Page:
and six companies have two, so that there can be no inequality in the opportunity for promotion in the several arms due to that cause. The proposed change from a battery to a battalion organization, prescribed by law, seems to me to promise no good, but to threaten some evil. If more officers of any grades be needed, provision can be made for them as readily upon the one unit as the other, and selections of field officers can be made when the battery is the highest organization withoutthe impediments which would result from the battalion or regimental organization.
Memorandum of a bill for the organization and command of field artillery in the C. S. service.
I. Consolidations of artillry companies heretofore effected under necessities of the service, with sanction of the War Department, are hereby recognized, and similar consolidations when deemd necessary in future authorized. The officers remaining attached to the companies resulting shall be entitled to opportunity of promotion according to date of commission.
II. Artillery field officers may be appointed by the President for battalions formed by authority of the War Department in such number and of such rank as may be approved by the commanding generals, so as to allow one major to command a battalion of two batteries, a colonel or lieutenant-colonel, aided by a major, to command a battalion of three or four batteires, and a colonel, aided by a leiutenant-colonel an dmajor, or by two majros, to command a battalion of vie or six batteries. Such officers to be assigned to duty in an army at the discretion of its commanding general.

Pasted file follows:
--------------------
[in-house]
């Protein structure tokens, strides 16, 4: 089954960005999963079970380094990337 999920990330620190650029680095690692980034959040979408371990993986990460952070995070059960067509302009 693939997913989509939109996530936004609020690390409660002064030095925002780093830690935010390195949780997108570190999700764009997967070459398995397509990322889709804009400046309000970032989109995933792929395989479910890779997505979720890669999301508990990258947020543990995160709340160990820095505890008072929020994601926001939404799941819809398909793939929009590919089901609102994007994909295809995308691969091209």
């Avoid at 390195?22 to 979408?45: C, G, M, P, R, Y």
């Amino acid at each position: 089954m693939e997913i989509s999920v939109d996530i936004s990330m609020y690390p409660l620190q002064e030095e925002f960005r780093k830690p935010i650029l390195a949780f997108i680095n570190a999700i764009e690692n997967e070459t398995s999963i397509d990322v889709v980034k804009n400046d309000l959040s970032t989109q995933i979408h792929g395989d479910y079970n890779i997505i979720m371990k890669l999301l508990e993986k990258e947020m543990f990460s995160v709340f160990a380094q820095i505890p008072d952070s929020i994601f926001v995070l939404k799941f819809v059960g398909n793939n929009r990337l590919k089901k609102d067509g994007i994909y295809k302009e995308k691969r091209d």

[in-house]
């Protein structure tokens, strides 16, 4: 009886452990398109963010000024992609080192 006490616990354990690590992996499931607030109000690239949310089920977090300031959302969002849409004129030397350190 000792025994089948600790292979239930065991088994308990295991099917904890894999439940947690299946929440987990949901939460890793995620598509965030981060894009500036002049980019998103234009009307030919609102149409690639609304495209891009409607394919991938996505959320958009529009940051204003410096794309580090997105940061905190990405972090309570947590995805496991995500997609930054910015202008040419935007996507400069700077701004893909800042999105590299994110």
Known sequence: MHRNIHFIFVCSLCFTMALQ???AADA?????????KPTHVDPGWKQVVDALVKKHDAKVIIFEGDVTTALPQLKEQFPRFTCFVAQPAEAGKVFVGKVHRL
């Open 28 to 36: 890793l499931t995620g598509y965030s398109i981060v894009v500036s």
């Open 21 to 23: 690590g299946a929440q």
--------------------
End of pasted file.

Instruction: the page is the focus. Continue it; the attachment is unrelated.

III. Such battalions of artillery shall be entitled to a non-commissioned staff, similar to those of cavalry regiments, to be appointed by the battalion commanders, the members of this staff in each case to revert to their original position should it be deemed necessary to disolve the battalion.
IV. General officers of artillery may be appointed by the President in such number and of such rank as commanding generals may recommend and the War Department approve, so as to allow a major-general to command the artillery of an army when it contains as many as 160 guns, and a brigadier to command that of an army corps, or of a department, when it contains as many as sixty-four guns.
V. Promotions in the artillery above the rank of captain shall in all cases be by selection.
RALEIGH, November 16, 1864.
I learn with surprise that you have seized my salt hands and refuse to permit [them] to return to sound to remain. This is altogether different treatment from what I expected, and I inform you candidly I shall resist by every means in my power. These hands are not subject to conscrpition by the laws of our State.
Z. B. VANCE.